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RE: st: RE: Converting a continuous var into a binary var


From   "Lachenbruch, Peter" <Peter.Lachenbruch@oregonstate.edu>
To   <statalist@hsphsun2.harvard.edu>
Subject   RE: st: RE: Converting a continuous var into a binary var
Date   Tue, 7 Jul 2009 09:58:42 -0700

I generally agree with this.  There was an old article in 1961
Biometrics by Cochran and Hopkins who noted that about 90% of the
information was retained if you cut the variable at 6 points (I think
equidistant, but my recollection may be faulty).  

I am particularly interested in this since I'm looking at some data for
a multiple imputation in which we would like the continuous variables to
be approximately normally distributed.  Many are not.  In looking for
transformations to normality (boxcox), nothing seems to work.  So my
solution has been to group them into 5 or 6 categories and use ologit
for  imputation.  The problem has been a huge excess of zeros.

Tony

Peter A. Lachenbruch
Department of Public Health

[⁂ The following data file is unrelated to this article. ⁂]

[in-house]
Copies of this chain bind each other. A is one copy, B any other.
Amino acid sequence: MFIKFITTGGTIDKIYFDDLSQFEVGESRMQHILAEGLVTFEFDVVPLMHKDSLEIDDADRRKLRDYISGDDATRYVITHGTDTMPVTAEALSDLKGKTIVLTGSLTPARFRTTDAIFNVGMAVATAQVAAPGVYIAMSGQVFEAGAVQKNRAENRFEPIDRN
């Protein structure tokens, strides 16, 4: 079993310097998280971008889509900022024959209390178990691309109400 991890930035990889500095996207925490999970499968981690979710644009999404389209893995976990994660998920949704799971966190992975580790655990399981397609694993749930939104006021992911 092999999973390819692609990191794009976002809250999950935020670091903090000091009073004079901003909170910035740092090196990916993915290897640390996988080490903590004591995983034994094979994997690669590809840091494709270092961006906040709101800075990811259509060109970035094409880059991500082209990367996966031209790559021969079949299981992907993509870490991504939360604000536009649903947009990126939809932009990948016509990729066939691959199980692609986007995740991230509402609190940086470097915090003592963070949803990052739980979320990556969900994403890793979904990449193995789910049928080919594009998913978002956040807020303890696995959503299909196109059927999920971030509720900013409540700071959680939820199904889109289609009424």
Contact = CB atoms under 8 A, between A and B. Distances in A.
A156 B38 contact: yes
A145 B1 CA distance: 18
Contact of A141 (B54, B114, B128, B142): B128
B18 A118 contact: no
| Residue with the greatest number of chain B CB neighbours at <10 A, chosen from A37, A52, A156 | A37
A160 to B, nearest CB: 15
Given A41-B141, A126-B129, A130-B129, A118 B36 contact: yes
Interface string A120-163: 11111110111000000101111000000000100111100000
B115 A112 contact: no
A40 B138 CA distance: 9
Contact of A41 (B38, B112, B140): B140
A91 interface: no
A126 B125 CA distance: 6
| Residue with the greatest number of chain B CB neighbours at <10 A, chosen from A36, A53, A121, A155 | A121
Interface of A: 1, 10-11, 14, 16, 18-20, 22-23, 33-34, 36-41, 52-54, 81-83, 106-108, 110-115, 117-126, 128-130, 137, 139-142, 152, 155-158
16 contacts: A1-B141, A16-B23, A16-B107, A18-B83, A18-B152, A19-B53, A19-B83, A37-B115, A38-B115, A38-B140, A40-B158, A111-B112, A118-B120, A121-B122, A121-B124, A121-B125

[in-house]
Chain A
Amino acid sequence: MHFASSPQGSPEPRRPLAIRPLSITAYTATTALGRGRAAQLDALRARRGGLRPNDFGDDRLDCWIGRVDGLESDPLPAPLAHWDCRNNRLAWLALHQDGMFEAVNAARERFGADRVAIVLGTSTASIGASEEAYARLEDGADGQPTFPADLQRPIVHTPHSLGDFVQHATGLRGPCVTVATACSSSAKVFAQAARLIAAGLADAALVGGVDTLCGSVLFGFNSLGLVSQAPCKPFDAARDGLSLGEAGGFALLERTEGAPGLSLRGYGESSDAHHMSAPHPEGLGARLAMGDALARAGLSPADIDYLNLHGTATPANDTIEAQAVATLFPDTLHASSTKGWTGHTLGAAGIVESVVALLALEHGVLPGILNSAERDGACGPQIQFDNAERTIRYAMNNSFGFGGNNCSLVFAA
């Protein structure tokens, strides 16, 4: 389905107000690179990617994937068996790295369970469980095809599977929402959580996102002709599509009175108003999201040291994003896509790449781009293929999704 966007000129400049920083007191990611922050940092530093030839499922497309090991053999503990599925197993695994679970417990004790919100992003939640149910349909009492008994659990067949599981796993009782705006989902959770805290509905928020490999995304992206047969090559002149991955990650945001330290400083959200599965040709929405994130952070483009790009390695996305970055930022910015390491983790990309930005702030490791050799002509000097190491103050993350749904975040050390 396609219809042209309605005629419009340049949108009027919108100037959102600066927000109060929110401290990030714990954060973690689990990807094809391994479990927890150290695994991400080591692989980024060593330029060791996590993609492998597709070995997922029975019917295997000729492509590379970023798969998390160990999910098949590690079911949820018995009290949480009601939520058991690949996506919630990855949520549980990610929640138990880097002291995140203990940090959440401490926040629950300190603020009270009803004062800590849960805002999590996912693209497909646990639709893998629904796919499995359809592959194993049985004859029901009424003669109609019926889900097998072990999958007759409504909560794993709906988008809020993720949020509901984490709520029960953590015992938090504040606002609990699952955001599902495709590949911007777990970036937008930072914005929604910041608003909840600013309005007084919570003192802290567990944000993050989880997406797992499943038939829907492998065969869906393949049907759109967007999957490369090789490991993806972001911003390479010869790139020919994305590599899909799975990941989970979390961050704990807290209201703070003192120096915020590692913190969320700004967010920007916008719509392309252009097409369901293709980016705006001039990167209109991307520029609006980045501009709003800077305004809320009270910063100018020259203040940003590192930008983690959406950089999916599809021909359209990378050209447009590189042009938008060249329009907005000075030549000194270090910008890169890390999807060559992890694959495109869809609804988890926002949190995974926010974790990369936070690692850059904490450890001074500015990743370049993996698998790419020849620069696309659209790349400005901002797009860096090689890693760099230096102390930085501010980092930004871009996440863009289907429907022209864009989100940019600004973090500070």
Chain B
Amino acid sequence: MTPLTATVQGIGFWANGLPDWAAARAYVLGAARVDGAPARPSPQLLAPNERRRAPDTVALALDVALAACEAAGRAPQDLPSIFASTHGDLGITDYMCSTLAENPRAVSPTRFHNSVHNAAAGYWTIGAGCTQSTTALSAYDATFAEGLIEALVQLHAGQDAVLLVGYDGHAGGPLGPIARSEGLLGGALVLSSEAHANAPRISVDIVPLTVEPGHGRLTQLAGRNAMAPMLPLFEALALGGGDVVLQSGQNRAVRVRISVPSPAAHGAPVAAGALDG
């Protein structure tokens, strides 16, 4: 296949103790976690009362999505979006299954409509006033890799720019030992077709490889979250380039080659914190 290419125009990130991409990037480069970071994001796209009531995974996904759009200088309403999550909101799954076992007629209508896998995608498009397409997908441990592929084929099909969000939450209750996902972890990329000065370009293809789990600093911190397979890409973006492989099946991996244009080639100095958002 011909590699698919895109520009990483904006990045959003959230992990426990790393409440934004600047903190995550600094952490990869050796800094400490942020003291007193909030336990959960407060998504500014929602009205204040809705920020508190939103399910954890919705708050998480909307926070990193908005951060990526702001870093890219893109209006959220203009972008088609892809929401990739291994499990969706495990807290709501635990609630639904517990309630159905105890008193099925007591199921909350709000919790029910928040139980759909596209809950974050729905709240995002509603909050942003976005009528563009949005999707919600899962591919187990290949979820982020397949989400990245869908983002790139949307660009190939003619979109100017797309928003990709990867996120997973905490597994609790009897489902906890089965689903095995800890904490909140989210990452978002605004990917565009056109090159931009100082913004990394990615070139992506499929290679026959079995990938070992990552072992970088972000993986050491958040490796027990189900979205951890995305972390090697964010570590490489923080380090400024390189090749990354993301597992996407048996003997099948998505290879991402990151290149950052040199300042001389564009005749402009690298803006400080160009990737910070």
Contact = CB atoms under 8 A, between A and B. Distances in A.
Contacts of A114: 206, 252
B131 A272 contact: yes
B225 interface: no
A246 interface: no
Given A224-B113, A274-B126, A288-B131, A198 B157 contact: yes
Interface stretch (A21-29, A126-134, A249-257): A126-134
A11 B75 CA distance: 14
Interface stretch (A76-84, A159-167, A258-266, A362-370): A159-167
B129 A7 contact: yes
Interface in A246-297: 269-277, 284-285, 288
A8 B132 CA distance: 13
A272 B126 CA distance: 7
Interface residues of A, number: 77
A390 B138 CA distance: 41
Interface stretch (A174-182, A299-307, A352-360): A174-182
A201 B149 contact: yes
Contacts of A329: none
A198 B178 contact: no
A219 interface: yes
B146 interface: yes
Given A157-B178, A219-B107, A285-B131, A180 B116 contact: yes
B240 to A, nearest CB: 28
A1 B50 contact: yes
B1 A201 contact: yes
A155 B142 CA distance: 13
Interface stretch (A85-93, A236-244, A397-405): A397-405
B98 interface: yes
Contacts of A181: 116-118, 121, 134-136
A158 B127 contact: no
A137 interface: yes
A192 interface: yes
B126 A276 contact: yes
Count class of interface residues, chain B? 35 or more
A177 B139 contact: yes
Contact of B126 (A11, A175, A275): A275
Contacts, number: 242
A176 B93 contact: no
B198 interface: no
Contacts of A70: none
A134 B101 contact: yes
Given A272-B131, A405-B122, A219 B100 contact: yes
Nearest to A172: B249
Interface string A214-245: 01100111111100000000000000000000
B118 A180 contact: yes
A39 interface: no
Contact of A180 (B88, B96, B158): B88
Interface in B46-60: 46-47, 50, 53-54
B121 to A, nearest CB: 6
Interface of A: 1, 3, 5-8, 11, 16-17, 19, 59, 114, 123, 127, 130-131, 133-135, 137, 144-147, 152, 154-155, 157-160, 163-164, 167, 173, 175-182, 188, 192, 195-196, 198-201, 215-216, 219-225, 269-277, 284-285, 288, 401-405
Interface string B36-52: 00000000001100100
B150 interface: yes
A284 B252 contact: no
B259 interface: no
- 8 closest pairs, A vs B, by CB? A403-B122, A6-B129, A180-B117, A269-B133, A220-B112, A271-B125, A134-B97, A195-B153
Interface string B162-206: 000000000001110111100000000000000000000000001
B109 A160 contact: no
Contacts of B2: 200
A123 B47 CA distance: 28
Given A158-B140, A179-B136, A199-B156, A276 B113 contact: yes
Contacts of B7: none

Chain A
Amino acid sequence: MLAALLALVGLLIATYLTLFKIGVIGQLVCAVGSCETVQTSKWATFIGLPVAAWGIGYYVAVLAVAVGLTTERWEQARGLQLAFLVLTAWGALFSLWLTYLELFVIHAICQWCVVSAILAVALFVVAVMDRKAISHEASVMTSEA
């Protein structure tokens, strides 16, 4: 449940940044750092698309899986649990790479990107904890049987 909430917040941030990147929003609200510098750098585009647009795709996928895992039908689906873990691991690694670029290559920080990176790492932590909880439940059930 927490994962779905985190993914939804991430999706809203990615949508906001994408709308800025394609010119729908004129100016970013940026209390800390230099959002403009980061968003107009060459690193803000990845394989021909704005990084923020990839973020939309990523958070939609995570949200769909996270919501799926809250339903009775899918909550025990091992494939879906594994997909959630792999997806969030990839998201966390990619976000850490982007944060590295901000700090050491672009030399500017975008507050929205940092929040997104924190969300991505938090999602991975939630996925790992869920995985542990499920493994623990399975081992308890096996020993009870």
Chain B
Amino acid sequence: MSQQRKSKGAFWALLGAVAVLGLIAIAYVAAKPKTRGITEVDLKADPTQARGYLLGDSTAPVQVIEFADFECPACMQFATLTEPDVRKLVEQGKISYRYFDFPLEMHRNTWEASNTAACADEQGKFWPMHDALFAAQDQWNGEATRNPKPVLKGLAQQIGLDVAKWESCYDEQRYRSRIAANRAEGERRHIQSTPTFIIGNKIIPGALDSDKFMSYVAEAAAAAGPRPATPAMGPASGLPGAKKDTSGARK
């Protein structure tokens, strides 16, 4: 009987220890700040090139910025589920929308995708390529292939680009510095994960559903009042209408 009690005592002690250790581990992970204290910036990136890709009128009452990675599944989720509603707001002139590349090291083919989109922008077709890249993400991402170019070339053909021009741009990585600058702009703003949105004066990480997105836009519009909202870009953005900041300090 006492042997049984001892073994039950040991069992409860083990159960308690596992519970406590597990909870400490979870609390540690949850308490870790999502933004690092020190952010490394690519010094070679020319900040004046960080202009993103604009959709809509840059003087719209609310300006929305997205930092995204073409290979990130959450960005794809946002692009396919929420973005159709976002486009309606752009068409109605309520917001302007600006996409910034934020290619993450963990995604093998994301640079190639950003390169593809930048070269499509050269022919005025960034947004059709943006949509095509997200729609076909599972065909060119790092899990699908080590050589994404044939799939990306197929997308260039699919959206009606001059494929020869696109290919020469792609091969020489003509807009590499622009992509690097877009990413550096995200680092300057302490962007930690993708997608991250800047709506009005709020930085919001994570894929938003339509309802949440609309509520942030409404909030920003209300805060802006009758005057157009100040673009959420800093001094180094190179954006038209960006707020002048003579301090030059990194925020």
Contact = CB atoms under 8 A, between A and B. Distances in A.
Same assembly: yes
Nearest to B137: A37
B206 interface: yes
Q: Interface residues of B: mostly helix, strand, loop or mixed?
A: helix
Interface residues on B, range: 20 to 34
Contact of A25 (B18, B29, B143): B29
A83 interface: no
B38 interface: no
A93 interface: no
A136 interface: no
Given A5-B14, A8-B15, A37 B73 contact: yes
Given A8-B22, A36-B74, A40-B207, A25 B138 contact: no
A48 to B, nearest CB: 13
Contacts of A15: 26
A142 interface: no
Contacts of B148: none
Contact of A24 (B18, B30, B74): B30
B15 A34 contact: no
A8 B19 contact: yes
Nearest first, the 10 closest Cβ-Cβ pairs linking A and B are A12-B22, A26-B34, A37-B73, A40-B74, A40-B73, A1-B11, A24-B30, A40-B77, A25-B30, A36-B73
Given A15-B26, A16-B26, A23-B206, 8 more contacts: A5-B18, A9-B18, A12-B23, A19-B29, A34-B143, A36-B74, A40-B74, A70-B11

Oregon State University
Corvallis, OR 97330
Phone: 541-737-3832
FAX: 541-737-4001


-----Original Message-----
From: owner-statalist@hsphsun2.harvard.edu
[mailto:owner-statalist@hsphsun2.harvard.edu] On Behalf Of Nick Cox
Sent: Tuesday, July 07, 2009 9:52 AM
To: statalist@hsphsun2.harvard.edu
Subject: RE: st: RE: Converting a continuous var into a binary var

I am happy that any Stata Journal columns of mine are useful, but that
really wasn't the point I was making. Dichotomising continuous variables
throws away information. Usually that's a bad, or at least a dubious,
idea. 

Nick 
n.j.cox@durham.ac.uk 

Pancho Villa

On Tue, Jul 7, 2009 at 9:35 AM, Nick Cox<n.j.cox@durham.ac.uk> wrote:

> That aside, the mechanics of how to do this have been thoroughly
> ventilated, but its meaning has not been.

Yes, I'm reading the column on *for*, which seems like written with me
in mind.  I'm one of those who've postponed learning about macros,
etc.


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